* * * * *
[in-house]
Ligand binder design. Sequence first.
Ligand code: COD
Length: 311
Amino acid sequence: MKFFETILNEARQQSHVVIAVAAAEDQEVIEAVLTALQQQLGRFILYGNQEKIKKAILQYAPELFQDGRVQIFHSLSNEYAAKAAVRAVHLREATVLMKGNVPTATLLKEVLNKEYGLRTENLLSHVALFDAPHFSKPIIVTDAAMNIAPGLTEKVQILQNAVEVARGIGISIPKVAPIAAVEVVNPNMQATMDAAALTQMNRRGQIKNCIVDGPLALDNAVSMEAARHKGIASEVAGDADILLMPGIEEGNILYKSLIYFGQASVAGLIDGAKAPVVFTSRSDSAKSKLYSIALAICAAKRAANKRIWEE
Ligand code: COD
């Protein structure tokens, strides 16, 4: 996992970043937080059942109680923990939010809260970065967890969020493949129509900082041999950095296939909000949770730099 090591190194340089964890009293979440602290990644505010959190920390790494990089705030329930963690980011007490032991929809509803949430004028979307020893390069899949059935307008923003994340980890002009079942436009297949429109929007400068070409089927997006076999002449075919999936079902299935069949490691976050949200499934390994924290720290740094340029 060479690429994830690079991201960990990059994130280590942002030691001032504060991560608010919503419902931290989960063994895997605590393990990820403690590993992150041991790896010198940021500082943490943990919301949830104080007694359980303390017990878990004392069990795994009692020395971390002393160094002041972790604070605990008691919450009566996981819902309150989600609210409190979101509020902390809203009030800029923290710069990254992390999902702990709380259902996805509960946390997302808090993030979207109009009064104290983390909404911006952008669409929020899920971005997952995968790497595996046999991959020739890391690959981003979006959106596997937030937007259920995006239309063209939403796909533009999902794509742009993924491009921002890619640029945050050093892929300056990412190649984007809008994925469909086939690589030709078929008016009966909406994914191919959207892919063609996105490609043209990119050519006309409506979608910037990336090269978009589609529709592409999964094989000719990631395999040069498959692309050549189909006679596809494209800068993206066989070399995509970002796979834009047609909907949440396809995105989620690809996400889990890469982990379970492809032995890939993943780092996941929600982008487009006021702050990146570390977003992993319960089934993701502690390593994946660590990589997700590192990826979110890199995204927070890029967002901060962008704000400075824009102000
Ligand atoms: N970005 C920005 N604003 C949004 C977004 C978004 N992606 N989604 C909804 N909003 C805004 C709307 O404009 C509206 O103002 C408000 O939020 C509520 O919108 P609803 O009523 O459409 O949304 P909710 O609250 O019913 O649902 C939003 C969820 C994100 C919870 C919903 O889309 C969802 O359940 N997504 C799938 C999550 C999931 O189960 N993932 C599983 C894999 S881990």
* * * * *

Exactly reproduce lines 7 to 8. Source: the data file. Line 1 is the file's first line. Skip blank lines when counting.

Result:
């Protein structure tokens, strides 16, 4: 996992970043937080059942109680923990939010809260970065967890969020493949129509900082041999950095296939909000949770730099 090591190194340089964890009293979440602290990644505010959190920390790494990089705030329930963690980011007490032991929809509803949430004028979307020893390069899949059935307008923003994340980890002009079942436009297949429109929007400068070409089927997006076999002449075919999936079902299935069949490691976050949200499934390994924290720290740094340029 060479690429994830690079991201960990990059994130280590942002030691001032504060991560608010919503419902931290989960063994895997605590393990990820403690590993992150041991790896010198940021500082943490943990919301949830104080007694359980303390017990878990004392069990795994009692020395971390002393160094002041972790604070605990008691919450009566996981819902309150989600609210409190979101509020902390809203009030800029923290710069990254992390999902702990709380259902996805509960946390997302808090993030979207109009009064104290983390909404911006952008669409929020899920971005997952995968790497595996046999991959020739890391690959981003979006959106596997937030937007259920995006239309063209939403796909533009999902794509742009993924491009921002890619640029945050050093892929300056990412190649984007809008994925469909086939690589030709078929008016009966909406994914191919959207892919063609996105490609043209990119050519006309409506979608910037990336090269978009589609529709592409999964094989000719990631395999040069498959692309050549189909006679596809494209800068993206066989070399995509970002796979834009047609909907949440396809995105989620690809996400889990890469982990379970492809032995890939993943780092996941929600982008487009006021702050990146570390977003992993319960089934993701502690390593994946660590990589997700590192990826979110890199995204927070890029967002901060962008704000400075824009102000
Ligand atoms: N970005 C920005 N604003 C949004 C977004 C978004 N992606 N989604 C909804 N909003 C805004 C709307 O404009 C509206 O103002 C408000 O939020 C509520 O919108 P609803 O009523 O459409 O949304 P909710 O609250 O019913 O649902 C939003 C969820 C994100 C919870 C919903 O889309 C969802 O359940 N997504 C799938 C999550 C999931 O189960 N993932 C599983 C894999 S881990």